Sam’l King was, as he supposed, knocked down one evening & left senseless near his own door, but as neither he nor any body can imagine who did it, many suppose it must have been a fit & that in his struggles, his ear was torn to pieces. He has been slowly recovering & somewhat deafened.

Mr. Shepard has been dangerously ill. This is about the amount of T[auton] news. Cousin Nancy (George Breed’s sister) has lost her second husband & cousin Sarah Breed (Mrs. Allen) is dead.

I rejoice that little Willie has gained his calf & foot, but beware of Chloriform – it has killed people, and is getting into disrepute. I have got to the end of my paper & have not said half what I wished, but when you tell me this is received, I shall have more disposition to trust the Mail. Remember me to your friends my acquaintance. With love to you & yours. Affectionately, your Aunt E.


Newspaper account of attempted murder trial

  • Dr. Benjamin Norris, a graduate of Brown University, … came in 1835 to Pittsfield. He was a native of Rhode Island. He was a leading physician, and very useful and successful, as numerous families can well attest. He was skilled as an entomologist and sent some valuable and rare specimens of insects to the Smithsonian Institution: he had some rare specimens and a large cabinet of insects collected by himself which he left in high state of preservation at his death.” History of Pike County, A Centennial Address delivered by Hon. William A. Grimshaw at Pittsfield, Pike County, Illinois, July 4, 1876
  • Click here for a letter written by Sally Norris to her husband in 1837.
  • Francis Amelia Williams (1813-1900), daughter of Abiathar Williams and Nancy Dean, married Dr. Alfred Baylies in Taunton, Massachusetts on 21 November 1847. On 13 September 1849, they had a child named Maria Williams Baylies.
  • Alfred S. Baylie (b. 1815, son of Dr. Alfred Baylie), died in Taunton, Massachusetts, on 12 August 1847. He was married to Jane Ingell Richmond.
  • Amanda Eddy married Charles Makepeace in Boston on 5 November 1827.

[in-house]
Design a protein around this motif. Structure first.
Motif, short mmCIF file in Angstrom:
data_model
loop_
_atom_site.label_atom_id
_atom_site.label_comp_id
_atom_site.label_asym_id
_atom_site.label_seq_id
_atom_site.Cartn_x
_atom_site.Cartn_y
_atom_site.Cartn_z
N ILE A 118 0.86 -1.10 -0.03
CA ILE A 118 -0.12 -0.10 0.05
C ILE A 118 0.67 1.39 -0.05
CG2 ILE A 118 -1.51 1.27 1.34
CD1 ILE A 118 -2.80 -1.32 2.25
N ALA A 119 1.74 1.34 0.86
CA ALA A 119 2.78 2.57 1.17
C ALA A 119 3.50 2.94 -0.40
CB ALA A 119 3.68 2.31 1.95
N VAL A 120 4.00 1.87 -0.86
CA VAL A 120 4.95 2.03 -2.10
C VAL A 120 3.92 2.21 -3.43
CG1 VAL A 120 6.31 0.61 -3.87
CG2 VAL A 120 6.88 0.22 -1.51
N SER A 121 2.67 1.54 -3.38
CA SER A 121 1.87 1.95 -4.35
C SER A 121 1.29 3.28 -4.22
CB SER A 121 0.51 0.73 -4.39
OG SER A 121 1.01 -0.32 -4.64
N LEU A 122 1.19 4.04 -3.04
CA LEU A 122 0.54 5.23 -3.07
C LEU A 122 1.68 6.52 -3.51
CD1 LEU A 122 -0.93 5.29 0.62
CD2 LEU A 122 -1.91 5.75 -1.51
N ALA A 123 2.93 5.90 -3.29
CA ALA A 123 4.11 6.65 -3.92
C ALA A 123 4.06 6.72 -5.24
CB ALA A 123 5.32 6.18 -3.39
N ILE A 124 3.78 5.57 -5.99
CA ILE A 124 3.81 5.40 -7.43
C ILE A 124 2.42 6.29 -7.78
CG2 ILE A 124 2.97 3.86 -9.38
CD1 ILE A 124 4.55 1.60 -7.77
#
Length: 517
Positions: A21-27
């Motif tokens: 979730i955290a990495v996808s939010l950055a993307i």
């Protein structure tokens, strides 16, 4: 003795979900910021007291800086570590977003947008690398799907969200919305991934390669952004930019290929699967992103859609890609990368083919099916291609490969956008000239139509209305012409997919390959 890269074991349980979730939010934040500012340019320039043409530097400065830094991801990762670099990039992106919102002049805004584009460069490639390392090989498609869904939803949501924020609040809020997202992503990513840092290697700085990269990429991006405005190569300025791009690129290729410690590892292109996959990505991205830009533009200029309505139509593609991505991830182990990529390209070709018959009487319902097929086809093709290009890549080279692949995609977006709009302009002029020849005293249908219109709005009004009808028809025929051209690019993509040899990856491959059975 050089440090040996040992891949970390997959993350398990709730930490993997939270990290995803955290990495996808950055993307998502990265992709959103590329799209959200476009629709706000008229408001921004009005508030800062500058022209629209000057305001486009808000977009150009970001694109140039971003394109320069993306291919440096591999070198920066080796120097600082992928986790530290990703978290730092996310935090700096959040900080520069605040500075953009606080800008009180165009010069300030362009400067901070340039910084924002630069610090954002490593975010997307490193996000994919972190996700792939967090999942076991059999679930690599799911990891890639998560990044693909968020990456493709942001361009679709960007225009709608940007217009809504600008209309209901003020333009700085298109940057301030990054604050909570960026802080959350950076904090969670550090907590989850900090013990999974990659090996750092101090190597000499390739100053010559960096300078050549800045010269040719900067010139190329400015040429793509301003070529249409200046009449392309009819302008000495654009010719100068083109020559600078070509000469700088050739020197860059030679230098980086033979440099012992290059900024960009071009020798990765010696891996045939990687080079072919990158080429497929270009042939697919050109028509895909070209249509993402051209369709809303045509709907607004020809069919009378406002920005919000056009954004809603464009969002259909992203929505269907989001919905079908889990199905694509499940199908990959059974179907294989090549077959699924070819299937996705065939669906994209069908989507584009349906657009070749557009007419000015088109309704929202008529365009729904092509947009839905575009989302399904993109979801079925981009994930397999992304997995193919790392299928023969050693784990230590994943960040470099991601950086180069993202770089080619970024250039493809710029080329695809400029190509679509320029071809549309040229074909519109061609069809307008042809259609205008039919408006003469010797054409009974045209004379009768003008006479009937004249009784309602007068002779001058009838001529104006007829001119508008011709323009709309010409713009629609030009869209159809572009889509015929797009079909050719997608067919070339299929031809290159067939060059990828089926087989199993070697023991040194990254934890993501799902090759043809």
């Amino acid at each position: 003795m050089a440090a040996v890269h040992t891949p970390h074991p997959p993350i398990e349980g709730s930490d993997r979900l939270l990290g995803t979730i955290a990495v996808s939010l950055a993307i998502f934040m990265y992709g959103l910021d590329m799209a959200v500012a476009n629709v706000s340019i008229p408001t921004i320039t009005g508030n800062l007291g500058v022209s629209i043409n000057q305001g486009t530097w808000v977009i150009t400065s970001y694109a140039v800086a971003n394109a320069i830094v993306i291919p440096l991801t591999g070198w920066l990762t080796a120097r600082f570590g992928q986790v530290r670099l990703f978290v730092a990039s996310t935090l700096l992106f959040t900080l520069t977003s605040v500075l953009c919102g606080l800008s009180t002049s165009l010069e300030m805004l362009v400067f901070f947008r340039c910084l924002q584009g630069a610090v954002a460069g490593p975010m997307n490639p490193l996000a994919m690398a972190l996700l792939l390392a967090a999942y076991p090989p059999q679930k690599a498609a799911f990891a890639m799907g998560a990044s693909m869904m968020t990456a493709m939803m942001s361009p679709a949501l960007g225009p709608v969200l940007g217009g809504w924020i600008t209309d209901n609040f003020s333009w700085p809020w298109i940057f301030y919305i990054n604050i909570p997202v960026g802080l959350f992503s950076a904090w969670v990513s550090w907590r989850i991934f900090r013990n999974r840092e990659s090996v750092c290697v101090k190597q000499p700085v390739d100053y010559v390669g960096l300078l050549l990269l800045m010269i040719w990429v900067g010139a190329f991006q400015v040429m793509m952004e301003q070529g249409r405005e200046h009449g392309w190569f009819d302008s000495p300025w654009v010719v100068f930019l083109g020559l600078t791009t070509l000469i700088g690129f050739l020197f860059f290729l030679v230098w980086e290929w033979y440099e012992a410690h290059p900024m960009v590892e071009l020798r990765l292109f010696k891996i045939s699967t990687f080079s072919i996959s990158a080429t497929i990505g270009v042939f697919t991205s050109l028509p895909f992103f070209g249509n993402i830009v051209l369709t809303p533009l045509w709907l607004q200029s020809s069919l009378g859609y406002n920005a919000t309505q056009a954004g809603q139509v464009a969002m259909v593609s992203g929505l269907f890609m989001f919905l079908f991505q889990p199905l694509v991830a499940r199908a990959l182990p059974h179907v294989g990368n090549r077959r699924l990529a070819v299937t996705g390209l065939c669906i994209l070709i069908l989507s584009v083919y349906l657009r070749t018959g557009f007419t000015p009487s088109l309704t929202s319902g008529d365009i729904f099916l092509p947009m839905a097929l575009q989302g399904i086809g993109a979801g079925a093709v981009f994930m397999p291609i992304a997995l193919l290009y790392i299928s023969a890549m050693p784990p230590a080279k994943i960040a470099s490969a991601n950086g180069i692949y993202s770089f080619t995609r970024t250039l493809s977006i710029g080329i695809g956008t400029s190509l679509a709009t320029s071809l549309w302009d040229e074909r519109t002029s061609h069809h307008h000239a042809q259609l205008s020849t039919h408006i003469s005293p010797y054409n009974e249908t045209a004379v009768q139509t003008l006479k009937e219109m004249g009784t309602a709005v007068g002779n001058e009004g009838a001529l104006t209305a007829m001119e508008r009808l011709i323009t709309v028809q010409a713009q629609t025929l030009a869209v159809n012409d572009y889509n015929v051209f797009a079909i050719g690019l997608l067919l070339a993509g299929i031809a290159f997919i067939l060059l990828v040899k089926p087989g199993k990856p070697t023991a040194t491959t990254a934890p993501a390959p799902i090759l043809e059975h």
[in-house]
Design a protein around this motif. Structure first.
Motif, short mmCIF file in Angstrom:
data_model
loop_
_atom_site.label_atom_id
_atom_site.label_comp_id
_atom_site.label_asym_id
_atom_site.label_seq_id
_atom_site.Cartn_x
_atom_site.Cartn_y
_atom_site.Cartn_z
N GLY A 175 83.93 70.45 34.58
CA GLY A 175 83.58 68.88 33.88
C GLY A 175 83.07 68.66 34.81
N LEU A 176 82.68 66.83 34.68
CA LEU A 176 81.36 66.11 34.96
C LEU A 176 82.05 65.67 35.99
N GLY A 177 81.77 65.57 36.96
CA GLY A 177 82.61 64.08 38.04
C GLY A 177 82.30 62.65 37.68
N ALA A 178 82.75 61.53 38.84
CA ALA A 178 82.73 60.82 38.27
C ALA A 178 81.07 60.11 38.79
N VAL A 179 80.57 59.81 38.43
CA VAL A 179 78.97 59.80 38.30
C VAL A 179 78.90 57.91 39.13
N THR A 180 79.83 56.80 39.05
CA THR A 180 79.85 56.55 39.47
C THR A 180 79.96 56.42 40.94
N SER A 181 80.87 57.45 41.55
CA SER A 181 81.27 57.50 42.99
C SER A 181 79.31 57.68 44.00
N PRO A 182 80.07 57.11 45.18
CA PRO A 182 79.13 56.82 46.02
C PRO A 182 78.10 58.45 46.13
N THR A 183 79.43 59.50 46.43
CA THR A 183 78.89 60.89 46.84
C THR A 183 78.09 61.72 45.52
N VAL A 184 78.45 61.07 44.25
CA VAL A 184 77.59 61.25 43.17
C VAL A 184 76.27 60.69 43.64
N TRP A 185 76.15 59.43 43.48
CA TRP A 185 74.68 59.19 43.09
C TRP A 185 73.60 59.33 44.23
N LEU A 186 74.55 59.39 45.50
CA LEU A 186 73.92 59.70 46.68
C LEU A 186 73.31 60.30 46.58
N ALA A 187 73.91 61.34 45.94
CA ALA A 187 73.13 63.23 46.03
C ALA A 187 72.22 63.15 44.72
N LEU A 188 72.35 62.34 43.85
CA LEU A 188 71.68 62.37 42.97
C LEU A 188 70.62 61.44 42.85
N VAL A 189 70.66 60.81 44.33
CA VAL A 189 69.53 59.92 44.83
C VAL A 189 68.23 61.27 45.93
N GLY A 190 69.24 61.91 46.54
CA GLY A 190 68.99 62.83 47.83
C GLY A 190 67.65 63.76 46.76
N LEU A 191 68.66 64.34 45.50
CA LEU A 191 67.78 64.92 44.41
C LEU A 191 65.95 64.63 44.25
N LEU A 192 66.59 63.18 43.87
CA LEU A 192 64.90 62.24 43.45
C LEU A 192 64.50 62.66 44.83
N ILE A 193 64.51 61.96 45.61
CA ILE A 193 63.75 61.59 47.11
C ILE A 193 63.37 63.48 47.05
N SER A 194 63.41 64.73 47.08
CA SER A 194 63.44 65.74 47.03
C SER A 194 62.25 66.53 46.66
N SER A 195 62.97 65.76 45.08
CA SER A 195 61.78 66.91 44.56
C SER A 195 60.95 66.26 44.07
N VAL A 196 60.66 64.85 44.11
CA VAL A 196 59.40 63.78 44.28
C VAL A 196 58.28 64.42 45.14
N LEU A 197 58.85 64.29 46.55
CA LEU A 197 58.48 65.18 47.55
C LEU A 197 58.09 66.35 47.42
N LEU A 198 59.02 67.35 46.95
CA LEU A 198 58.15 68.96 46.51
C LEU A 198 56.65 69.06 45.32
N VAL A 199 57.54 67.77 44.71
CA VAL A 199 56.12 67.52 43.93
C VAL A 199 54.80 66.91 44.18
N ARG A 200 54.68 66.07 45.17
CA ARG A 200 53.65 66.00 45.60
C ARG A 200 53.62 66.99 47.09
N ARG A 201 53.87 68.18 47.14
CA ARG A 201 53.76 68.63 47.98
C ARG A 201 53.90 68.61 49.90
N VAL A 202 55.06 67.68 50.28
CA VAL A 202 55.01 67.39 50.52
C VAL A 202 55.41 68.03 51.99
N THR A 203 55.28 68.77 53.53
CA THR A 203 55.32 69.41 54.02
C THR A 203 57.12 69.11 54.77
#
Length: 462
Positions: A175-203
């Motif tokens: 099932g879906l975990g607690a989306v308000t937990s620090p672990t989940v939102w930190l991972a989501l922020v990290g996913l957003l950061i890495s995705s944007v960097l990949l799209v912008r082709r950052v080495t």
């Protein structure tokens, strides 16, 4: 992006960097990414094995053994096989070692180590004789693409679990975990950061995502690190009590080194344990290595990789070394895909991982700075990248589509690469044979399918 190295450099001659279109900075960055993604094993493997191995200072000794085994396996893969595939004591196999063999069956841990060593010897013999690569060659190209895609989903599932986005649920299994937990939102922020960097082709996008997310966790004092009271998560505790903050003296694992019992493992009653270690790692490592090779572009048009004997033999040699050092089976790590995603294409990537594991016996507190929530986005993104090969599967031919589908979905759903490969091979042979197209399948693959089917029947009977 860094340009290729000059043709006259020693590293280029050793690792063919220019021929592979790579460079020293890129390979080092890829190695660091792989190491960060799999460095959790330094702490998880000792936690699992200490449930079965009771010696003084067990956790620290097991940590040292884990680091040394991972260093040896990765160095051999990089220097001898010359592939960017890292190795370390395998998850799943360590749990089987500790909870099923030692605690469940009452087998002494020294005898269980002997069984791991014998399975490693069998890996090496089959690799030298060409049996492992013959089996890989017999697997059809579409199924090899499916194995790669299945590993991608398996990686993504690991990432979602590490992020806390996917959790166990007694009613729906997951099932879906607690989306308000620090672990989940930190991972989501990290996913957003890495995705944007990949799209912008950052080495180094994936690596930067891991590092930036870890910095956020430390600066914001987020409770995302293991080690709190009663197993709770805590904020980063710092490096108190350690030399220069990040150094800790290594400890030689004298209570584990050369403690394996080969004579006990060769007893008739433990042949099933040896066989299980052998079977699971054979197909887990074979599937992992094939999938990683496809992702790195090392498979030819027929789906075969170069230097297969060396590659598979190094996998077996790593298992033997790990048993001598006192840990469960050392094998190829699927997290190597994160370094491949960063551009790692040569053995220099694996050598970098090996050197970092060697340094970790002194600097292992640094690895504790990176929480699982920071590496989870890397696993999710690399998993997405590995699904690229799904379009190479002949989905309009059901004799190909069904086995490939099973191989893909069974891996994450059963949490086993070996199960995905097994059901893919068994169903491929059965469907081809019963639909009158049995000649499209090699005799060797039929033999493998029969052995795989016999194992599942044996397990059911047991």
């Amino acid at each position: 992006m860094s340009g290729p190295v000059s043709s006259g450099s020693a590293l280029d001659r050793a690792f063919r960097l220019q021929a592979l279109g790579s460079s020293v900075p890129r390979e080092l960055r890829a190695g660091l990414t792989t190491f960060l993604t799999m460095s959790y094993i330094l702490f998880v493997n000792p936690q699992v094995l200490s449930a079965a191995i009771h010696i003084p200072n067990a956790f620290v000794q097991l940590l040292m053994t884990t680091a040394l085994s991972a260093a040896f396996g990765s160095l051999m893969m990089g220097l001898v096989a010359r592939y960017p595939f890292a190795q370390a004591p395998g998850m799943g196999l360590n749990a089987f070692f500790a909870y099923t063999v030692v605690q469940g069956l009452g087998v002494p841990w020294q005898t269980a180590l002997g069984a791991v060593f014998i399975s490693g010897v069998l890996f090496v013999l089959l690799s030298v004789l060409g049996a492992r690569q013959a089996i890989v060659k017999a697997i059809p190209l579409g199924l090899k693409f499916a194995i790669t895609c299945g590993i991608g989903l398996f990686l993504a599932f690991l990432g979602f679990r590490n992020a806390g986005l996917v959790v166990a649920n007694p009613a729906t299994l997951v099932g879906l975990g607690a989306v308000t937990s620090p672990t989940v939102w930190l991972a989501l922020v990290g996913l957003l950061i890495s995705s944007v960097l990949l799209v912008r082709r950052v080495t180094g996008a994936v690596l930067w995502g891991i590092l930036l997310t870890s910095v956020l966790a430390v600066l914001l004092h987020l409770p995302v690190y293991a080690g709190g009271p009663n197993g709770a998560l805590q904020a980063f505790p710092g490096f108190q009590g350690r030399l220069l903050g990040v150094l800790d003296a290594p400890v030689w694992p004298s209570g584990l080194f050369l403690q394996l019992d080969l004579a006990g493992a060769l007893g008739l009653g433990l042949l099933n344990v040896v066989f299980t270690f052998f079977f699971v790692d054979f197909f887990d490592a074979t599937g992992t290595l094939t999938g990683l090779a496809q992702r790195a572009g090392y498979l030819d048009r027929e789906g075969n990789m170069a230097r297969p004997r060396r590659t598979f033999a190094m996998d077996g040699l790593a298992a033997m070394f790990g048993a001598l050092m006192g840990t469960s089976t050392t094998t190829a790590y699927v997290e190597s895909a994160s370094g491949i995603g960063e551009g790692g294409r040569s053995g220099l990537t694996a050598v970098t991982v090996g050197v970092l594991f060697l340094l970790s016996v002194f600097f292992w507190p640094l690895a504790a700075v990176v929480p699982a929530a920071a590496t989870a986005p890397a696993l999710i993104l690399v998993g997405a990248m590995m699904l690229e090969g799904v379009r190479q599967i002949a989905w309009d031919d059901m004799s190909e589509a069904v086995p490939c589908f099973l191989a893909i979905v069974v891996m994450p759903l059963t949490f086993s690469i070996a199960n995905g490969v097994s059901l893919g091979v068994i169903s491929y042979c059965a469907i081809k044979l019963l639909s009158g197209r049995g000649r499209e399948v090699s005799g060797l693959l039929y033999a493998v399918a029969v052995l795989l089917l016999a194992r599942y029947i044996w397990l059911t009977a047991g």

• Sarah Johnson Breed (1789-1848) was married to William Allen (1784-1868) and lived in Northampton, Massachusetts. She died 25 February 1848. She was the daughter of John McLaren Breed & Rebecca Walker.
  • Nancy Breed (1788-1868) and George Breed (b. 1799), were the children of Shubael Breed (1759-1840) and Lydia Perkins (1767-1861) of Stonington, CT. Nancy’s first husband, William Coit Williams (1781-1818) died at sea. Her second husband, Nathan Whiting (1772-1848) died on 19 February 1848.
  • Prussic Acid is the historical common name for Hydrogen Cyanide.
  • Rev. Galen Hicks (widower) died of consumption on 8 November 1848 in Taunton, Massachusetts. He was 76 years old. His wife had died in 1833.

Leave a Reply

Fill in your details below or click an icon to log in:

WordPress.com Logo

You are commenting using your WordPress.com account. Log Out /  Change )

Google+ photo

You are commenting using your Google+ account. Log Out /  Change )

Twitter picture

You are commenting using your Twitter account. Log Out /  Change )

Facebook photo

You are commenting using your Facebook account. Log Out /  Change )


Connecting to %s

"Though distant lands between us be"

Civil War Letters of Monroe McCollister, Co. B, 6th OVC

"Tell her to keep good heart"

Civil War Letters of Nelson Statler, 211th PA